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CancellationTokens and Aborted ASP.NET Core Requests

Wednesday, September 12, 2018

When a client closes a connection during a long running web operation, it could be beneficial for some systems to take notice and stop work on creating the response.

There are two techniques you can use to detect an aborted request in ASP.NET Core. The first approach is to look at the RequestAborted property of HttpContext.

if (HttpContext.RequestAborted.IsCancellationRequested)
{
    // can stop working now
}

RequestAborted is a CancellationToken. Another approach is to allow model binding to pass this CancellationToken as an action parameter.

[HttpGet]
public async Task<ActionResult> GetHardWork(CancellationToken cancellationToken)
{
    // ...

    if (cancellationToken.IsCancellationRequested)
    {
        // stop!
    }
    
    // ...
}

And yes, both approaches work with the exact same object.

if(cancellationToken == HttpContext.RequestAborted)
{
    // this is true!
}

But, Why Am I Not Seeing Any Disconnects?

If you are hosted in IIS or IIS Express, the ASP.NET Core Module (ANCM) doesn’t tell ASP.NET Core to abort a request when the client disconnects. We know the ANCM is having some work done for the 2.2 release and moving to a faster in-process hosting model. Hopefully the 2.2 work will fix this issue, too.


Comments
Gravatar Kirk Larkin Wednesday, September 12, 2018
You can also see where the model-binding value is taken from the `HttpContext.RequestAborted` in the source code: https://github.com/aspnet/Mvc/blob/release/2.1/src/Microsoft.AspNetCore.Mvc.Core/ModelBinding/Binders/CancellationTokenModelBinder.cs#L28.
Gravatar Wade Walker Wednesday, September 12, 2018
So if on IIS or IIS Express, this is basically useless, at this point? Am I missing something?
Gravatar scott Wednesday, September 12, 2018
@Wade: Yes.
Gravatar Admir Hodžić Wednesday, September 12, 2018
If we host behind Apache or nginx , Will then CancellationTokens catch disconect or abort connection ?
Gravatar scott Wednesday, September 12, 2018
@Admir: Yes, those work as expected.
Stefan Thursday, September 13, 2018
It's not true that the cancellation token is not cancelled properly when running behind IIS. It works just as expected since ASP.NET Core 2.0.
Gravatar scott Thursday, September 13, 2018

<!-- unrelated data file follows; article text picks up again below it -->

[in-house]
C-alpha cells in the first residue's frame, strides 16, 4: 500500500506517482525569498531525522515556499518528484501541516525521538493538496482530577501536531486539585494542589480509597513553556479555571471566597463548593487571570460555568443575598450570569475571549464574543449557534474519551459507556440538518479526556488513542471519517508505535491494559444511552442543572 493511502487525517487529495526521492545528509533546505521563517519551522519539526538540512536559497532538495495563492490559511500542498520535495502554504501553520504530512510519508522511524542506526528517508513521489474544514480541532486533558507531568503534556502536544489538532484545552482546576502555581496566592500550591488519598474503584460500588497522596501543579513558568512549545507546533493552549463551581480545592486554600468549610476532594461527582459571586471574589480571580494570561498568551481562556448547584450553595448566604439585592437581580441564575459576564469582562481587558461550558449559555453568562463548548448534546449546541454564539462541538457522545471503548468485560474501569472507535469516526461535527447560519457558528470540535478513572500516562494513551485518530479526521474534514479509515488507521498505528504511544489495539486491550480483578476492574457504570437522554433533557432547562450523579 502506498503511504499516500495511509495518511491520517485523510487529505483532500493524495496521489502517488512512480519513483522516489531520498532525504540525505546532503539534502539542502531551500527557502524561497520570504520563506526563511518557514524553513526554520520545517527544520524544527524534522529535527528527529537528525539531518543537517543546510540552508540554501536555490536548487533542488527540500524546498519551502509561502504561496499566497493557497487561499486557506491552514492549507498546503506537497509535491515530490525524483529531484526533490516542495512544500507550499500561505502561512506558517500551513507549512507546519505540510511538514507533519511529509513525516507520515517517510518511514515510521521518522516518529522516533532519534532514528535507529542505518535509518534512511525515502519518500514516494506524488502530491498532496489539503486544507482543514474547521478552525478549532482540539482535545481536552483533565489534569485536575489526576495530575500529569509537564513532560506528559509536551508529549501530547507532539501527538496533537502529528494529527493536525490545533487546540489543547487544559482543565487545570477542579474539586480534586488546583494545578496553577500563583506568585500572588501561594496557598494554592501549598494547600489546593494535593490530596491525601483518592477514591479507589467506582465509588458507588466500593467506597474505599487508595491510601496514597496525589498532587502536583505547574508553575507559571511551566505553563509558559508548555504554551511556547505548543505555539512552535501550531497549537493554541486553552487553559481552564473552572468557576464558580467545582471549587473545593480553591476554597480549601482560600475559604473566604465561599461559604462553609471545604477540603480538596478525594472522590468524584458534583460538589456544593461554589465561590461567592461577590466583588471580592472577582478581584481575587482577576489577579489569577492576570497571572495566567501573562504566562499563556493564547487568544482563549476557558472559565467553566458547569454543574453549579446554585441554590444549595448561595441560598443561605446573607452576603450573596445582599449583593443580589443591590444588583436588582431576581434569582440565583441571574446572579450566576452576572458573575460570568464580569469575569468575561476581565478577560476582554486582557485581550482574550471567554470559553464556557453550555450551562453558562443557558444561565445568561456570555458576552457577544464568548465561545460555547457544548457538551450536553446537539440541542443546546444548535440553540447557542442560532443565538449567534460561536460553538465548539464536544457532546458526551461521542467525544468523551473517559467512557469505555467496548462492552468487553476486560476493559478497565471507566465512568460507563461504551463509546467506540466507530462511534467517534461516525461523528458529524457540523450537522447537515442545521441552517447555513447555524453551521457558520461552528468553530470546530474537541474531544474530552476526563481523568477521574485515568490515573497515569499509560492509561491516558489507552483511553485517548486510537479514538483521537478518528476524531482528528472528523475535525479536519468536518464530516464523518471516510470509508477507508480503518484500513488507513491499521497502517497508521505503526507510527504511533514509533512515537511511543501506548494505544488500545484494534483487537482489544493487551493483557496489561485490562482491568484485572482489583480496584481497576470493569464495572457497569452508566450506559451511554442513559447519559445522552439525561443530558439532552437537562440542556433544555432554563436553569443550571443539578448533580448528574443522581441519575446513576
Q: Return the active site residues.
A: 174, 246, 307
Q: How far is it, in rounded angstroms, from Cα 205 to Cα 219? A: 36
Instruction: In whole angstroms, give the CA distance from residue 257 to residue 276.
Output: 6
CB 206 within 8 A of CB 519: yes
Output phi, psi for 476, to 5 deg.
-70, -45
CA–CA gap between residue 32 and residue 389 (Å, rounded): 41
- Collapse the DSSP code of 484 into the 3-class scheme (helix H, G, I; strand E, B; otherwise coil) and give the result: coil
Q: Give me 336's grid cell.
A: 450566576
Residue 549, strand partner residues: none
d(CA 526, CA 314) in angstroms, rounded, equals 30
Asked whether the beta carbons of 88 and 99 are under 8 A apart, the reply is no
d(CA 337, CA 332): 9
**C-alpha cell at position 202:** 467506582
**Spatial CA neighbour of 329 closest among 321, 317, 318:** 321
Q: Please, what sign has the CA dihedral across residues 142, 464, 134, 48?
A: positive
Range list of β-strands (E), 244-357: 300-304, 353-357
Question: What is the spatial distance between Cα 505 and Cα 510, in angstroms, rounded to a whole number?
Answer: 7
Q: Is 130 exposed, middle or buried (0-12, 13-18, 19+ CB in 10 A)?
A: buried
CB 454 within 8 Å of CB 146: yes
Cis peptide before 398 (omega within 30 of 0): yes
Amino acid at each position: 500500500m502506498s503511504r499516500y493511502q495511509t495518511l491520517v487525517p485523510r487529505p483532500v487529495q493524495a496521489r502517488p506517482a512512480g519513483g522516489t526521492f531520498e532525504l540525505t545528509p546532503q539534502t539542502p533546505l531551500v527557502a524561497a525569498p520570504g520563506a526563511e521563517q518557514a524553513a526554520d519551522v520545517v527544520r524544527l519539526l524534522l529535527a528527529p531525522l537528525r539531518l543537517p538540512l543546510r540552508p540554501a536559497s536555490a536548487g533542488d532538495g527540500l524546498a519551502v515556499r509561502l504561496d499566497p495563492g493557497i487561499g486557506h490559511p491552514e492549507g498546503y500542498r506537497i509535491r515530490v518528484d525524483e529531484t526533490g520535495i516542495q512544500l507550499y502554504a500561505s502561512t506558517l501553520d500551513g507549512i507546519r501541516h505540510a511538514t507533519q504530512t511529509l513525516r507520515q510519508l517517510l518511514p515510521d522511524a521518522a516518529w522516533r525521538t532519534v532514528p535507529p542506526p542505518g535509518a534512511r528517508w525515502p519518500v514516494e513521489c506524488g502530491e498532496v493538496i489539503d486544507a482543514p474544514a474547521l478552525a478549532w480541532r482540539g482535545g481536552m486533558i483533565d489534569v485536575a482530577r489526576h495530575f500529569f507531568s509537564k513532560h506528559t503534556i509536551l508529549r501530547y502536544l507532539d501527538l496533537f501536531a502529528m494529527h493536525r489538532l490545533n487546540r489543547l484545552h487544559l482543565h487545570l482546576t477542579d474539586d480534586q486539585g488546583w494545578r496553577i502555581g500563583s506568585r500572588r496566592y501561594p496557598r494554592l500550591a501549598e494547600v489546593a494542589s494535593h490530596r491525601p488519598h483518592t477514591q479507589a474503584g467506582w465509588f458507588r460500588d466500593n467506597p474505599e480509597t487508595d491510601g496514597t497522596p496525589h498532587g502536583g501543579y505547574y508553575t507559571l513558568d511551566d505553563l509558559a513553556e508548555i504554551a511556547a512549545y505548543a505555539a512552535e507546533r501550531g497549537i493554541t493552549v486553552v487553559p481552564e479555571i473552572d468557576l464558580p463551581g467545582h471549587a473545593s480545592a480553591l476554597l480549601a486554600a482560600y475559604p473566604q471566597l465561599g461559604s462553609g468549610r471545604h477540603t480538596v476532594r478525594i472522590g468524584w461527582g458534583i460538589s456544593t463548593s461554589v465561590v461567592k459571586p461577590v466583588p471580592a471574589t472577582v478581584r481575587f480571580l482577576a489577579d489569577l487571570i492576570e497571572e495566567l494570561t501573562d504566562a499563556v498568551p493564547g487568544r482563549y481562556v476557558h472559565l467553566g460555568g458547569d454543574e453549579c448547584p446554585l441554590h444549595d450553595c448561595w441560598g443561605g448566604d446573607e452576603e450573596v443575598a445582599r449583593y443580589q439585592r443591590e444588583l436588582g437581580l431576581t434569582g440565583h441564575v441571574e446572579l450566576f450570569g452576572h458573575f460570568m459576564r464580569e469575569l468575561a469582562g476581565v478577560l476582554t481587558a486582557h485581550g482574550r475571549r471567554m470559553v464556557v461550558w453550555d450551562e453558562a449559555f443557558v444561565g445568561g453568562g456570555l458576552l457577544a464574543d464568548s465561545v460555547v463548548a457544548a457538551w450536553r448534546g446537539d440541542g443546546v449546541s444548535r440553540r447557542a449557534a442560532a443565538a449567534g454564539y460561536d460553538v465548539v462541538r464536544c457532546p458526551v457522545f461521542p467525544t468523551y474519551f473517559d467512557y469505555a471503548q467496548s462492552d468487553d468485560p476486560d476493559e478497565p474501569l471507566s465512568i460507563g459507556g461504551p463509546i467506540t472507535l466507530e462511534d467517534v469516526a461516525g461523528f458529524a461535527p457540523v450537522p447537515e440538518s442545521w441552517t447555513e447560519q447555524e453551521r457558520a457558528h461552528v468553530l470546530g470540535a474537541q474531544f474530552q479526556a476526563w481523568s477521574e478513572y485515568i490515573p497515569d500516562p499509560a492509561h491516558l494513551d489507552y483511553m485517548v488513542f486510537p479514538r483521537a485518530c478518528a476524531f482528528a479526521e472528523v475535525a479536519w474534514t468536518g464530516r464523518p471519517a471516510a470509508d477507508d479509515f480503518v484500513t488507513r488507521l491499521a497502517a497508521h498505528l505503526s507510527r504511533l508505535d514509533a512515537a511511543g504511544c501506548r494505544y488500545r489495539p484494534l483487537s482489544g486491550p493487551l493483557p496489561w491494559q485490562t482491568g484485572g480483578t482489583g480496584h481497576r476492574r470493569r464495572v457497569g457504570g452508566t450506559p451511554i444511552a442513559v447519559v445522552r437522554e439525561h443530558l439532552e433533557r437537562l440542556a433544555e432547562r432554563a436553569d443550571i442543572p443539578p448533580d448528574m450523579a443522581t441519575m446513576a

@stefan - I have repo steps and the linked GitHub issue that say otherwise.
Gravatar Pure.Krome Monday, September 17, 2018
Heya Scott :) I was having a similar conversation with Andrew Lock about ASPNET.Core + CancellationTokens last year and about this :) ref: https://andrewlock.net/using-cancellationtokens-in-asp-net-core-mvc-controllers/ What was interesting in Andrew's post was how he considered handling the exception that is thrown when a cancellation occurs. Sure, the client might not see it but it's nice to keep things 'under controlled / handled'. Cheers and keep up the awesome work! -PK-
Stefan Wednesday, September 19, 2018
@scott: I wrote a longer comment with examples but it seems to have been lost over the wire (probably due to me moving around the office while on wifi). I'll try to comment again and see if it sticks. Sorry if the short comment seemed rude :) We run code on ASP.NET Core 2.1 (netcoreapp2.1 and before that 2.0 and 1.1) in production and have for some time. The system handles large uploads (500 MB+) and makes heavy use of cancellation tokens to do some cleanup if the client disconnects. After reading your post I had to investigate how it can work for us and not for you. Turns out that the cancellation token is actually cancelled if you read straight from HttpContext.Request.Body and the client disconnects while the read is ongoing. As we handle large files, this is what we do. To make it easier to work with we have a wrapper for doing so called "ClientDisconnectGuard". The exception thrown inside our ClientDisconnectGuard is a System.OperationCanceledException with stack trace: at System.Threading.CancellationToken.ThrowOperationCanceledException() at Microsoft.AspNetCore.Server.Kestrel.Core.Internal.Http.HttpRequestStream.ValidateState(CancellationToken cancellationToken) After this exception is thrown the cancellation token is flagged as cancelled. I have added a POC here: https://github.com/smatsson/ClientDisconnectPoc To test it, clone the repo, start the site and do a POST request to /home/index with a large file as body (I used a file that was ~150 MB). On line 28 in HomeController.cs "token.IsCancellationRequested" will be true. The code will also write log the current datetime and if the token was cancelled or not to C:\temp\log.txt I have tested the POC in IISExpress (VS 15.8.4), IIS (on Windows 10, not sure on version) and Azure app services.
Stefan Wednesday, September 19, 2018
Just awesome formatting above :D Sorry about that.
Gravatar scott Wednesday, September 19, 2018
@Stefan: Awesome find! Thank you for including the level of detail. The formatting is the fault of this blog - apologies.
Comments are closed.